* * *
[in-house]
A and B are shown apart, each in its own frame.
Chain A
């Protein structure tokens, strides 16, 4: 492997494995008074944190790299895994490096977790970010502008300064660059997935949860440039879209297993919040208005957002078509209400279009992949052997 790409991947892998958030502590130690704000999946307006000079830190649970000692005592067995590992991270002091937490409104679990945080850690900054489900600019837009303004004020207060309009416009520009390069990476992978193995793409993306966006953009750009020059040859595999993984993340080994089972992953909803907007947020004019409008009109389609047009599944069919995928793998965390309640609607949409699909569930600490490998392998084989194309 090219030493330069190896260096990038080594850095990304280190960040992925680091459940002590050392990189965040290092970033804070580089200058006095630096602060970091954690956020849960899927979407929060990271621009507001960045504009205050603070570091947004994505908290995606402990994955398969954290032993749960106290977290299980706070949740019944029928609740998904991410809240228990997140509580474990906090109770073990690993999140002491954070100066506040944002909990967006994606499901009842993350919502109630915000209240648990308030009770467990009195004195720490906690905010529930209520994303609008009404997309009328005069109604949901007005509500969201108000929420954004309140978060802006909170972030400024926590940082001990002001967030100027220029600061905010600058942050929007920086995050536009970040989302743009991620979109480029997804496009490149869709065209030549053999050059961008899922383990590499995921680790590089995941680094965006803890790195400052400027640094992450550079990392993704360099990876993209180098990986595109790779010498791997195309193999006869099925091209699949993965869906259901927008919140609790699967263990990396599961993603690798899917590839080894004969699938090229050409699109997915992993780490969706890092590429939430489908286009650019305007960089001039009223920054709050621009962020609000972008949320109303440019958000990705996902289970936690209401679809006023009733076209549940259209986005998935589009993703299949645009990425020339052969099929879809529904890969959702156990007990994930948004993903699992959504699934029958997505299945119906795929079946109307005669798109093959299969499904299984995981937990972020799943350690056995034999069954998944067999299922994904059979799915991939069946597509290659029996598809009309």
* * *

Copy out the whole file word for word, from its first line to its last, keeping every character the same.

[in-house]
A and B are shown apart, each in its own frame.
Chain A
């Protein structure tokens, strides 16, 4: 492997494995008074944190790299895994490096977790970010502008300064660059997935949860440039879209297993919040208005957002078509209400279009992949052997 790409991947892998958030502590130690704000999946307006000079830190649970000692005592067995590992991270002091937490409104679990945080850690900054489900600019837009303004004020207060309009416009520009390069990476992978193995793409993306966006953009750009020059040859595999993984993340080994089972992953909803907007947020004019409008009109389609047009599944069919995928793998965390309640609607949409699909569930600490490998392998084989194309 090219030493330069190896260096990038080594850095990304280190960040992925680091459940002590050392990189965040290092970033804070580089200058006095630096602060970091954690956020849960899927979407929060990271621009507001960045504009205050603070570091947004994505908290995606402990994955398969954290032993749960106290977290299980706070949740019944029928609740998904991410809240228990997140509580474990906090109770073990690993999140002491954070100066506040944002909990967006994606499901009842993350919502109630915000209240648990308030009770467990009195004195720490906690905010529930209520994303609008009404997309009328005069109604949901007005509500969201108000929420954004309140978060802006909170972030400024926590940082001990002001967030100027220029600061905010600058942050929007920086995050536009970040989302743009991620979109480029997804496009490149869709065209030549053999050059961008899922383990590499995921680790590089995941680094965006803890790195400052400027640094992450550079990392993704360099990876993209180098990986595109790779010498791997195309193999006869099925091209699949993965869906259901927008919140609790699967263990990396599961993603690798899917590839080894004969699938090229050409699109997915992993780490969706890092590429939430489908286009650019305007960089001039009223920054709050621009962020609000972008949320109303440019958000990705996902289970936690209401679809006023009733076209549940259209986005998935589009993703299949645009990425020339052969099929879809529904890969959702156990007990994930948004993903699992959504699934029958997505299945119906795929079946109307005669798109093959299969499904299984995981937990972020799943350690056995034999069954998944067999299922994904059979799915991939069946597509290659029996598809009309």